1. Jackie says:

      Sandy, It is a long book and I know you enjoy those on audio so I think that is probably a good way for you to go. I’m sure you’ll enjoy this one more than I did.

  6. I’m sorry this one wound up being disappointing. I’m about one hundred pages in and still enjoying it. I do agree it’s quite American, but I’m fascinated by academia too. It’s been quite illuminating to see how different it was in the 1980’s, to the late 1990’s when I was in college, to now, when I work at a university. I’m curious to see how I end up feeling about it, but for now, I simply cannot put it down and am bemoaning all of my commitments this week that keep me from it!

    1. Jackie says:

      Carrie, I’m sure you’ll end up enjoying it more than I did. The academic system seems very different to the one I went to and so perhaps that is why it didn’t connect with me as much. (I also studied chemistry, which is taught in a very different way to English) I look forward to seeing your final (no doubt gushing!) thoughts.

  7. Brenna says:

    Jackie, I didn’t even think about the cultural references going over the heads of non-Americans. That is too bad. Also, you mentioned the final few paragraphs and how the post-modern take on the marriage plot was reflected. I simply adored the last few pages, I thought everything was wrapped up so well, but without a pretty bow on it.

    Thanks for the link-up!

    1. Jackie says:

      Brenna, Yes, those last few pages were very clever – if only he could have made the middle section as good as that I’d have been a happy girl. :-)

  8. Steph says:

    I have read quite a few reviews of this book and yours is the first that pointed out that it is very “American” in its scope and tone. That intrigues me, because in some ways I don’t know what that means, but then again, the majority of the fiction I read tends to be by American and British authors so I’m sure I’ll like it (for other reasons beyond that as well, of course!). It’s interesting because through blogging I’ve found that certain books that are well-received by American readers don’t find the same purchase overseas, and vice versa as well… It makes me wonder whether the two groups have different reading agendas, preferences, or expectations, and what it is about the books that wind up having rather geographically insular appeal. I suppose it’s naive of me, but I never would have thought that the books written by American versus English writers would be all that different!

    1. Jackie says:

      Steph, I think the magic of books like this is that they are able to remind you of your past. Those who studied at US universities will get a lovely warm feeling as they are reminded about all those little things that happened and the way it was back then. The problem is that in the UK we have a different education system and so the minute detail bored me. Books like Black Swan Green by David Mitchell or Starter for Ten by David Nicholls will probably have the reverse effect on US readers – I loved reading the details of UK life back in the 1980s, but anyone who didn’t live through it will probably not see the magic. There are a lot of UK/US authors who will be loved on both sides of the pond, but those that have too many cultural references won’t be appreciated as much by the other. Does that make sense? I’m sure you’re going to prove me wrong by saying how much you love Black Swan Green!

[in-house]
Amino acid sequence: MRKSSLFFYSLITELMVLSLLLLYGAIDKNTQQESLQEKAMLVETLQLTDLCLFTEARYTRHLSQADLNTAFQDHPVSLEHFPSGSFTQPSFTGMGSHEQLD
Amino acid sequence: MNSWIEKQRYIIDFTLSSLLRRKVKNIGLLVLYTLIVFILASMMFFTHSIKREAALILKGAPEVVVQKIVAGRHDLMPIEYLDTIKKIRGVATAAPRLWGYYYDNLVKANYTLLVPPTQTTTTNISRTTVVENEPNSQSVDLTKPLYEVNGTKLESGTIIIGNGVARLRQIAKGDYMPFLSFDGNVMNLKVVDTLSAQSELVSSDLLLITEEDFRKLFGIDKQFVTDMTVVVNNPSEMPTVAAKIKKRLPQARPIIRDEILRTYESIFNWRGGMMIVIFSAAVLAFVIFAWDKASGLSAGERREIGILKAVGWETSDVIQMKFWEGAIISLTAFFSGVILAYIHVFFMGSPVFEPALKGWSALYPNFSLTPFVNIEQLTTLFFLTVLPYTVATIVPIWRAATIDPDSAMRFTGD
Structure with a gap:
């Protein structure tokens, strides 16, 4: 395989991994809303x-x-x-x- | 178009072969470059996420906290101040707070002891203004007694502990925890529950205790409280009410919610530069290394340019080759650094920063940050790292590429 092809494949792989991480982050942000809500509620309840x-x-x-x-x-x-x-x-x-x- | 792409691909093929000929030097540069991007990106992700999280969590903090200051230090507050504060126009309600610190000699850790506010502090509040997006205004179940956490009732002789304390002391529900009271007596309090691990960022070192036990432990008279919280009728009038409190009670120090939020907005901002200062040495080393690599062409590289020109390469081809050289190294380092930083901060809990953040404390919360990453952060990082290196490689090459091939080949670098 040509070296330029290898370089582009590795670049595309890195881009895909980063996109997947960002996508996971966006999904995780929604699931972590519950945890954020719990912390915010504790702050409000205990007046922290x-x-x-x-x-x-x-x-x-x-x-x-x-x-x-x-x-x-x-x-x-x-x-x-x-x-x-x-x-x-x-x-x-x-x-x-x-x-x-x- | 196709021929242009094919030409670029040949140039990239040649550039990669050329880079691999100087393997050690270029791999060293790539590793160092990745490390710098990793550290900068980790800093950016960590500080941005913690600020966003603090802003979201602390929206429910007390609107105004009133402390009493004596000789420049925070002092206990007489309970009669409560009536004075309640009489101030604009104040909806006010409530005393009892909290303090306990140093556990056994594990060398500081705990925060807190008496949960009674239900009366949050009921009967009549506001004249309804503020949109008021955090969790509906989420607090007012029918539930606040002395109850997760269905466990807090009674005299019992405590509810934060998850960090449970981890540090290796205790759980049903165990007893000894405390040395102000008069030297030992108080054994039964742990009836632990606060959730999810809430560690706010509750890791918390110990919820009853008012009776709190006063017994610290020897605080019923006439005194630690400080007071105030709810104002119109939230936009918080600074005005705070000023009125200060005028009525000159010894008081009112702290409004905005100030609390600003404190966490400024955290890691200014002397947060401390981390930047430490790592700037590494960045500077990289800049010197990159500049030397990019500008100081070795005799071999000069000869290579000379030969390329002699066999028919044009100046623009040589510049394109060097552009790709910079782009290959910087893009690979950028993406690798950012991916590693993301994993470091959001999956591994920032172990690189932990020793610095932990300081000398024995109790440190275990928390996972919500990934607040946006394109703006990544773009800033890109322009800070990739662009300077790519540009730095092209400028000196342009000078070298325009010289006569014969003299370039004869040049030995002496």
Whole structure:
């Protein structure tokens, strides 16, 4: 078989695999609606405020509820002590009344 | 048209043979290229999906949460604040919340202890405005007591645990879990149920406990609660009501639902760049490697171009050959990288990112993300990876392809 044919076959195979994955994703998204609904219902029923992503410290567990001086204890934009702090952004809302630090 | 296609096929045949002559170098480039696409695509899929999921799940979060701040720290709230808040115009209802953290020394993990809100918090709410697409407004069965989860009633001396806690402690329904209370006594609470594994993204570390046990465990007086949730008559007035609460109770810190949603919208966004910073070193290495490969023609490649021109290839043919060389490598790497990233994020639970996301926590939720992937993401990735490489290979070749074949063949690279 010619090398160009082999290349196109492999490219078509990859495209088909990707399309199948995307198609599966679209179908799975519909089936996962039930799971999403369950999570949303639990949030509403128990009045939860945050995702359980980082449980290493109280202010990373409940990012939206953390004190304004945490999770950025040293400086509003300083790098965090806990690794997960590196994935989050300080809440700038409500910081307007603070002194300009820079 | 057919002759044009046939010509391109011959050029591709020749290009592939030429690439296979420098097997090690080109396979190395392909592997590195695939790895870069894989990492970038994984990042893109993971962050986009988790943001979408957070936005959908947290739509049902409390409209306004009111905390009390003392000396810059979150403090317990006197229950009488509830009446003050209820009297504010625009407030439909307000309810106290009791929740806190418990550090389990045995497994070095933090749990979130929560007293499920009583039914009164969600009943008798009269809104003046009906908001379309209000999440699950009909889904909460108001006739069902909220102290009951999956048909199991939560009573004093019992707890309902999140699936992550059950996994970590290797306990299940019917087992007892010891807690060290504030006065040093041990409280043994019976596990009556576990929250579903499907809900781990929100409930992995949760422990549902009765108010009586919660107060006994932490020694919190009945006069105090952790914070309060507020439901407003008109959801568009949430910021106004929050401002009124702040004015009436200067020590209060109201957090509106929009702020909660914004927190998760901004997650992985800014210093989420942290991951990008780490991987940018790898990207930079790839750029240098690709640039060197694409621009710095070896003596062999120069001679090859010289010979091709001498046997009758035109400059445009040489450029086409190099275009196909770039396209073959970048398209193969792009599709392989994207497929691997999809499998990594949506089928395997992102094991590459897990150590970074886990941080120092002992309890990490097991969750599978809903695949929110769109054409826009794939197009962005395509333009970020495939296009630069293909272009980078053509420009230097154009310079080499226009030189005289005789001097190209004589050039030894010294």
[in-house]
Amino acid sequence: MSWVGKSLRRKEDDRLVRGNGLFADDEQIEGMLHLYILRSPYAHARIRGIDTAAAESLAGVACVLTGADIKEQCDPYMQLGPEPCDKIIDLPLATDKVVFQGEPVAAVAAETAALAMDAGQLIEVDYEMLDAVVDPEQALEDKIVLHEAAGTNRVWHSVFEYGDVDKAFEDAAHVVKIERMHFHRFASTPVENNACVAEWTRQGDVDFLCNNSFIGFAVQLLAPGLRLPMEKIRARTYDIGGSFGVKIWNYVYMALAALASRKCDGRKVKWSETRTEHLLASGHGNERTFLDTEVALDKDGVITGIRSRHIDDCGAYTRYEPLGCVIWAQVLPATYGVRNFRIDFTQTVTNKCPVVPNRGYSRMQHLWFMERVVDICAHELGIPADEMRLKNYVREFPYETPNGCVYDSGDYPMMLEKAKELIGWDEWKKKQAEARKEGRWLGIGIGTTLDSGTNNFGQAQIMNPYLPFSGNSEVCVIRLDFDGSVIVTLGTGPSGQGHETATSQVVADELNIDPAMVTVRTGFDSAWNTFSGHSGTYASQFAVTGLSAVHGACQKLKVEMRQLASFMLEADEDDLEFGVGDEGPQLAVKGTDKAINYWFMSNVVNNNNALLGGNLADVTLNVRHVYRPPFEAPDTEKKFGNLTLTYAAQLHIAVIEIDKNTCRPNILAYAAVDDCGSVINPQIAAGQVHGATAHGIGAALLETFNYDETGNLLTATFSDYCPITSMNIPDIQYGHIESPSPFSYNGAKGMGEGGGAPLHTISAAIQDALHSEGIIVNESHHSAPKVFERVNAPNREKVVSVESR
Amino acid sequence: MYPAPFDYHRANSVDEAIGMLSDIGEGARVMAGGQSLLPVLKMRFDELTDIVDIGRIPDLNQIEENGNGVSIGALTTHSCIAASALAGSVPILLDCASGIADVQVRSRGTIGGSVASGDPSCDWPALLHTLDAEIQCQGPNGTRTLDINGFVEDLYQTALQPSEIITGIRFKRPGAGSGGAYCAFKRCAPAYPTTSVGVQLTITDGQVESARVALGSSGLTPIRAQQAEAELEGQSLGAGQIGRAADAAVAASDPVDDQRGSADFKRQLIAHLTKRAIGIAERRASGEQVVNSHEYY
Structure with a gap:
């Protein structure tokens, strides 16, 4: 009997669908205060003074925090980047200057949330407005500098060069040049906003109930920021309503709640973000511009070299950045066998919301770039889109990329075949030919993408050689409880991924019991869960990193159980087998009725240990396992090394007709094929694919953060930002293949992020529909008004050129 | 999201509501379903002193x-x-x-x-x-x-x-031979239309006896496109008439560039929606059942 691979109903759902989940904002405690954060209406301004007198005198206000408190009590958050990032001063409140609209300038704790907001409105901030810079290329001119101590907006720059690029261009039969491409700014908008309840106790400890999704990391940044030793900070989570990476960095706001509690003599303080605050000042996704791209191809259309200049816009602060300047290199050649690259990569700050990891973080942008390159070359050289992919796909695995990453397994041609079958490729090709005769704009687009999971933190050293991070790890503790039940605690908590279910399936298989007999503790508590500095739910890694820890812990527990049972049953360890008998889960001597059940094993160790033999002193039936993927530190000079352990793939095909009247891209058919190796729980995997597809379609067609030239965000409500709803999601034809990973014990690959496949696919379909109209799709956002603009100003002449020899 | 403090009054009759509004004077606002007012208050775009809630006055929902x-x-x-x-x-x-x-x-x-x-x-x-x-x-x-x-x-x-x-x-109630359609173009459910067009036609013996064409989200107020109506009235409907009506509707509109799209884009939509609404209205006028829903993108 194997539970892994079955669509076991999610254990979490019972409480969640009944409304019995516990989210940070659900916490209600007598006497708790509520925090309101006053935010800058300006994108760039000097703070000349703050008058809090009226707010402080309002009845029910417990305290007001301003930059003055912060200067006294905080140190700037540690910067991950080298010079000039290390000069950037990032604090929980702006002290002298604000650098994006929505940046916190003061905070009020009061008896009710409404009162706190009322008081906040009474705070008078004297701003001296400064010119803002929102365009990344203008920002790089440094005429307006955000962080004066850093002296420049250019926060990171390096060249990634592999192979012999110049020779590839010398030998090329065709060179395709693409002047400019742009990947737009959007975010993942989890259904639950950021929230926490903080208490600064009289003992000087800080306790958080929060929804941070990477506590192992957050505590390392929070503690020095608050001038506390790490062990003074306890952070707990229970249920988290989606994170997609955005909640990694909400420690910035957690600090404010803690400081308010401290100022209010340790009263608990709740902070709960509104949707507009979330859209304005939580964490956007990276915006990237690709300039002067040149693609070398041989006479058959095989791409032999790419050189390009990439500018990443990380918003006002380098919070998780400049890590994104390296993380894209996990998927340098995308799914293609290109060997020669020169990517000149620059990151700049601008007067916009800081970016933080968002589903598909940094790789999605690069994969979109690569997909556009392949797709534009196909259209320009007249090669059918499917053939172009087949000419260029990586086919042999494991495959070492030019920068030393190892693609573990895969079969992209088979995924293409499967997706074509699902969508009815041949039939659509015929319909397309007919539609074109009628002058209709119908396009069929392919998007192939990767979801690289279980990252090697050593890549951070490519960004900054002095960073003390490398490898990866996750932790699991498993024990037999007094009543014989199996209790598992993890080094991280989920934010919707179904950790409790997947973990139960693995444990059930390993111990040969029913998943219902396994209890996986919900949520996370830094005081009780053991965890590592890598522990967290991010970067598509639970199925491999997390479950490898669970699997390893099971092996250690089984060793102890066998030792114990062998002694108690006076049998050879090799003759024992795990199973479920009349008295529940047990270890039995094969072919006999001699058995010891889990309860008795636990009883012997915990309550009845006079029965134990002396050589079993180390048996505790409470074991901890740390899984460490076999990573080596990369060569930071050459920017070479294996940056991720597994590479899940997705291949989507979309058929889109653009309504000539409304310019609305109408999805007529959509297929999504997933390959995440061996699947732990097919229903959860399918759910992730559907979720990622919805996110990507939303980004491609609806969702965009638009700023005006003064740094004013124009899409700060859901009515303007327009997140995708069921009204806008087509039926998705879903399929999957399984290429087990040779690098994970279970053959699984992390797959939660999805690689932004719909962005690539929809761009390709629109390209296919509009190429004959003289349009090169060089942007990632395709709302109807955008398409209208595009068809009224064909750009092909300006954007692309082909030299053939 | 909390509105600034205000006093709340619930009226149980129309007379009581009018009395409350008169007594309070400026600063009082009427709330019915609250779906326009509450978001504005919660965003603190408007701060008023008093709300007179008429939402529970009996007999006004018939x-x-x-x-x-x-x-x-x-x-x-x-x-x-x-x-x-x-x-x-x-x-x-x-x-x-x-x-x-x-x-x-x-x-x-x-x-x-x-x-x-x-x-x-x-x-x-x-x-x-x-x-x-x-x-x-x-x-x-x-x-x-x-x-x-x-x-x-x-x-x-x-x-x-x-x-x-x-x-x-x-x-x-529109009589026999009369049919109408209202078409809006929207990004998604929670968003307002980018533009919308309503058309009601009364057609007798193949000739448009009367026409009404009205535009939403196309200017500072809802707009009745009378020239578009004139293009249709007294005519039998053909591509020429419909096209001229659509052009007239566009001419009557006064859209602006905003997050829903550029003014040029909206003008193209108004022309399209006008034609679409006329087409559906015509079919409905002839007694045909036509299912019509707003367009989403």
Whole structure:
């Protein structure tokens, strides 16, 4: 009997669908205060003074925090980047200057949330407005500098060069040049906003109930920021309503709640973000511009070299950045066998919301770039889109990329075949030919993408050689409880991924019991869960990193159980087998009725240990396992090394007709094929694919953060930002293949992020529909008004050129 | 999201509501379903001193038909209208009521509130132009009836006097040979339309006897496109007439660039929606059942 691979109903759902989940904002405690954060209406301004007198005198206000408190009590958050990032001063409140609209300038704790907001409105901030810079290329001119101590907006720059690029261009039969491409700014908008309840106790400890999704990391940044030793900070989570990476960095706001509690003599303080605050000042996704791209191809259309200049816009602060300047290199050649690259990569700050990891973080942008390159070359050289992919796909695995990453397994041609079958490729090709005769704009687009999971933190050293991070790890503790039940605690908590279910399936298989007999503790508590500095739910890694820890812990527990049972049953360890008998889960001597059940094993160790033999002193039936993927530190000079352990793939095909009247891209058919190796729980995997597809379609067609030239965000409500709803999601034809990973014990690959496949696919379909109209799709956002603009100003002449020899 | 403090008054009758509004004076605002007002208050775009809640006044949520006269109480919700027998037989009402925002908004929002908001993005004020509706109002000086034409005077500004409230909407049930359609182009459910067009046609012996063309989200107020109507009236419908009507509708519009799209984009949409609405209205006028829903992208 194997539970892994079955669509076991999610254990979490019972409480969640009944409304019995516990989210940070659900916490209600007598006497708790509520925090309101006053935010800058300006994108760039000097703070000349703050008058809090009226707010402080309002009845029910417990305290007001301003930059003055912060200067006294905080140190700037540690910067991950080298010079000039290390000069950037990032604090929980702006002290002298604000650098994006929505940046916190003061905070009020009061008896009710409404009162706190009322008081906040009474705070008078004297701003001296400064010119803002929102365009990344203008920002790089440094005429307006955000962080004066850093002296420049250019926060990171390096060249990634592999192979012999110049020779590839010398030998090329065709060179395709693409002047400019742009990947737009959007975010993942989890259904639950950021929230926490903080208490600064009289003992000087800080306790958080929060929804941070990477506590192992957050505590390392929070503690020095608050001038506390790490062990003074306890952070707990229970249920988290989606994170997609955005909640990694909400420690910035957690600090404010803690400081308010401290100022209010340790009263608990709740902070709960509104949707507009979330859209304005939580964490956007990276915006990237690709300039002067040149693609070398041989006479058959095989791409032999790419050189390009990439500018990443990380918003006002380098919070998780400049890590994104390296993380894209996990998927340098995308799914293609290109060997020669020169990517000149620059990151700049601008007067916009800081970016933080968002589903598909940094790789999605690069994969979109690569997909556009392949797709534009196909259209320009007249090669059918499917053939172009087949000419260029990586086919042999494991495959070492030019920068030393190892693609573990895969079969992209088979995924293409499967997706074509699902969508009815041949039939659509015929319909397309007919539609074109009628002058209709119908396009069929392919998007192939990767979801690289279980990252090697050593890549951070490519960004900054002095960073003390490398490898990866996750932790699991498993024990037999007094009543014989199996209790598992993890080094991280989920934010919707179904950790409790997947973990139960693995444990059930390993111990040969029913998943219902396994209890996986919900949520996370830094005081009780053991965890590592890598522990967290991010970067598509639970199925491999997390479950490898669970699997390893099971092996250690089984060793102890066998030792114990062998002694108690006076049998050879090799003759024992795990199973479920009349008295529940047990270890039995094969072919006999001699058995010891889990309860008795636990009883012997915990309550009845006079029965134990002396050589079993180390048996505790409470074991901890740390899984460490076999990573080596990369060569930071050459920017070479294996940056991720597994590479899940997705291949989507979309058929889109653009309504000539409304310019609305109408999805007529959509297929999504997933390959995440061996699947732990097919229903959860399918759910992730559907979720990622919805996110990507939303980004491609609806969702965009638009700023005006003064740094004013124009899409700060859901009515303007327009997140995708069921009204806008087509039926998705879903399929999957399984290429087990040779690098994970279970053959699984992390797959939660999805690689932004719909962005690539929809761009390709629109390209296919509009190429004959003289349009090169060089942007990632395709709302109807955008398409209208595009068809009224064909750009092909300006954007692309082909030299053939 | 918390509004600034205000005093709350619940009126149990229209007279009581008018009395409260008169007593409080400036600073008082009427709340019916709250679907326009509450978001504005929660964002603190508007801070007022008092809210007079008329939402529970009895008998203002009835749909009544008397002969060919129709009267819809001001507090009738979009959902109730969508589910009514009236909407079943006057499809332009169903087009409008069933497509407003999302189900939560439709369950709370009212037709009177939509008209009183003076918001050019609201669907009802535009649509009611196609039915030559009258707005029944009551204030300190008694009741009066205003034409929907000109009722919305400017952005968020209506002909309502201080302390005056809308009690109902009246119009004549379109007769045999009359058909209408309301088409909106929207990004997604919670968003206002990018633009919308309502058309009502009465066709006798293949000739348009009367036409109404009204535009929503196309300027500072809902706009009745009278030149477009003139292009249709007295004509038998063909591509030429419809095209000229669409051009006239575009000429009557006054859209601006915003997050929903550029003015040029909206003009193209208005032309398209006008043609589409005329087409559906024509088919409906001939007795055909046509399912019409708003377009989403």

9. Jenners says:

    I did go to college in the U.S. in the 1980s … so maybe this book would be a perfect for me. I loved Middlesex but hated The Virgin Suicides … so I was hoping this book was more Middlesexian!

    1. Jackie says:

      Jenners, I’m afraid I haven’t read The Virgin Suicides so can’t tell you how it compares to that, but if you went to college in the 80s I think there is a good chance you’ll enjoy this one. I look forward to your thoughts.

  10. Mystica says:

    I like the ordinary stories of ordinary people. Somehow in a novel you look at it in a fresh way! this one is for me.

    1. Jackie says:

      Mystica, If you like stories about ordinary people then you’ll love this book :-)

  11. Amused says:

    I’ve seen this book everywhere this past couple of weeks so I’m glad to see your thoughts on it!

    1. Jackie says:

      Amused, Yes. I think it is one of the books most people will want to read at some point. I’m glad you appreciate my thoughts, despite the massive coverage it has had already.

  12. Oh no, not a Middlesex as I was hoping :) I downloaded the Kindle so hope to experience it soon for myself. (I just skimmed your review Jackie)

    1. Jackie says:

      Diane, I hope that you enjoy it! I look forward to seeing your thoughts.

  13. Biblibio says:

    I know of so many people who love Eugenides writing that I’m a bit embarrassed to admit that I’ve never actually experienced it for myself. Your description of The Marriage Plot as focusing on the lives of utterly ordinary people actually has me intrigued – while I do like a good plot, I think there isn’t much well-written documentation of the standard, normal life. I suppose an appreciation for The Marriage Plot can be partly chalked up to personal taste…

    1. Jackie says:

      Bibliobio, “partly chalked up to personal taste…”

      I think it is entirely personal taste. The characters in this book were so ordinary that they will reflect parts of most of us, but I’m afraid most of us lead very boring lives and I prefer a bit more action. If the premise intrigues you then I’m sure you’ll love it. Enjoy!

  14. Care says:

    This is another author I really should read more. You have only confirmed my motivation.

    1. Jackie says:

      Care, I hope you enjoy your first Eugenides :-)

  15. Kailana says:

    I have had this book for a while, but I am a bit scared of it. I simply adored his other two books and I am worried this one won’t be as good… I hate doing that, though, because this could sit on my TBR pile for years!

    1. Jackie says:

      Kailana, I have that problem sometimes too. I hate it when you love an author so much that your expectations are so high – you never know whether you’ll fall in love with their next book or be bitterly disappointed. I hope you build up the courage to read this book and it lives up to expectations.

  16. Oh, I want to read this! I loved Middlesex, and I have high expectations from this one. (The Virgin Suicides didn’t really do it for me).

    A tad disappointed that you awarded it 3.5 stars, but it does sound promising and well worth a read. Yay!

    1. Jackie says:

      anothercookiecrumbles, It is probably worth a lot more than 3.5 stars – I can see how cleverly it is written. I think it is just a case of it being the wrong subject matter for me. I hope you have better luck with it.